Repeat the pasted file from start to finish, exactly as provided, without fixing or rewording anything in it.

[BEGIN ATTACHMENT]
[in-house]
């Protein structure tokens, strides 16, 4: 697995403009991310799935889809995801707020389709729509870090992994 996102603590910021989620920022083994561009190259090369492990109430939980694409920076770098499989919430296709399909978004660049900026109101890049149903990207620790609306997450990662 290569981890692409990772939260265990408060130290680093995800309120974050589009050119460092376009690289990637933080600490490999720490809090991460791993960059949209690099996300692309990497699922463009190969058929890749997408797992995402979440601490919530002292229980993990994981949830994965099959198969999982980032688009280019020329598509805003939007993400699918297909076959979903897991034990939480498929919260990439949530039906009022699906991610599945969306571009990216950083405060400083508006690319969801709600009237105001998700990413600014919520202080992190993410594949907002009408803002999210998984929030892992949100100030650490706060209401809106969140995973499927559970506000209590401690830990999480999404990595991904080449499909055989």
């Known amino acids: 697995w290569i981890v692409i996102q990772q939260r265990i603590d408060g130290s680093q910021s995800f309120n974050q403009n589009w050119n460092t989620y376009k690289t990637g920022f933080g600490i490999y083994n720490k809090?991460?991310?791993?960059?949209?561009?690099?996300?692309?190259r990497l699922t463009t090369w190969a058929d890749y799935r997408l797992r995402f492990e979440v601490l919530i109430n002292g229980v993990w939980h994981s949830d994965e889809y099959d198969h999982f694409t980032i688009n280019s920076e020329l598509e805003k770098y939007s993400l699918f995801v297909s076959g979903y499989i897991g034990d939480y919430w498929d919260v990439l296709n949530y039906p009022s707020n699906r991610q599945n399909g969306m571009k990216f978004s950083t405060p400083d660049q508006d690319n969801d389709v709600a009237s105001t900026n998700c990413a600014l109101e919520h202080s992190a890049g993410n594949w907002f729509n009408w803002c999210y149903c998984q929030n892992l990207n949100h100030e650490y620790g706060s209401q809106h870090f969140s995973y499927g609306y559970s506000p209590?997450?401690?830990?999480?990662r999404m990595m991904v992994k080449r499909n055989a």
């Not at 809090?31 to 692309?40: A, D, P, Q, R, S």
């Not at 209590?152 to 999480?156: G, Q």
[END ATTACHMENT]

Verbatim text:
[in-house]
């Protein structure tokens, strides 16, 4: 697995403009991310799935889809995801707020389709729509870090992994 996102603590910021989620920022083994561009190259090369492990109430939980694409920076770098499989919430296709399909978004660049900026109101890049149903990207620790609306997450990662 290569981890692409990772939260265990408060130290680093995800309120974050589009050119460092376009690289990637933080600490490999720490809090991460791993960059949209690099996300692309990497699922463009190969058929890749997408797992995402979440601490919530002292229980993990994981949830994965099959198969999982980032688009280019020329598509805003939007993400699918297909076959979903897991034990939480498929919260990439949530039906009022699906991610599945969306571009990216950083405060400083508006690319969801709600009237105001998700990413600014919520202080992190993410594949907002009408803002999210998984929030892992949100100030650490706060209401809106969140995973499927559970506000209590401690830990999480999404990595991904080449499909055989």
């Known amino acids: 697995w290569i981890v692409i996102q990772q939260r265990i603590d408060g130290s680093q910021s995800f309120n974050q403009n589009w050119n460092t989620y376009k690289t990637g920022f933080g600490i490999y083994n720490k809090?991460?991310?791993?960059?949209?561009?690099?996300?692309?190259r990497l699922t463009t090369w190969a058929d890749y799935r997408l797992r995402f492990e979440v601490l919530i109430n002292g229980v993990w939980h994981s949830d994965e889809y099959d198969h999982f694409t980032i688009n280019s920076e020329l598509e805003k770098y939007s993400l699918f995801v297909s076959g979903y499989i897991g034990d939480y919430w498929d919260v990439l296709n949530y039906p009022s707020n699906r991610q599945n399909g969306m571009k990216f978004s950083t405060p400083d660049q508006d690319n969801d389709v709600a009237s105001t900026n998700c990413a600014l109101e919520h202080s992190a890049g993410n594949w907002f729509n009408w803002c999210y149903c998984q929030n892992l990207n949100h100030e650490y620790g706060s209401q809106h870090f969140s995973y499927g609306y559970s506000p209590?997450?401690?830990?999480?990662r999404m990595m991904v992994k080449r499909n055989a």
């Not at 809090?31 to 692309?40: A, D, P, Q, R, S």
């Not at 209590?152 to 999480?156: G, Q």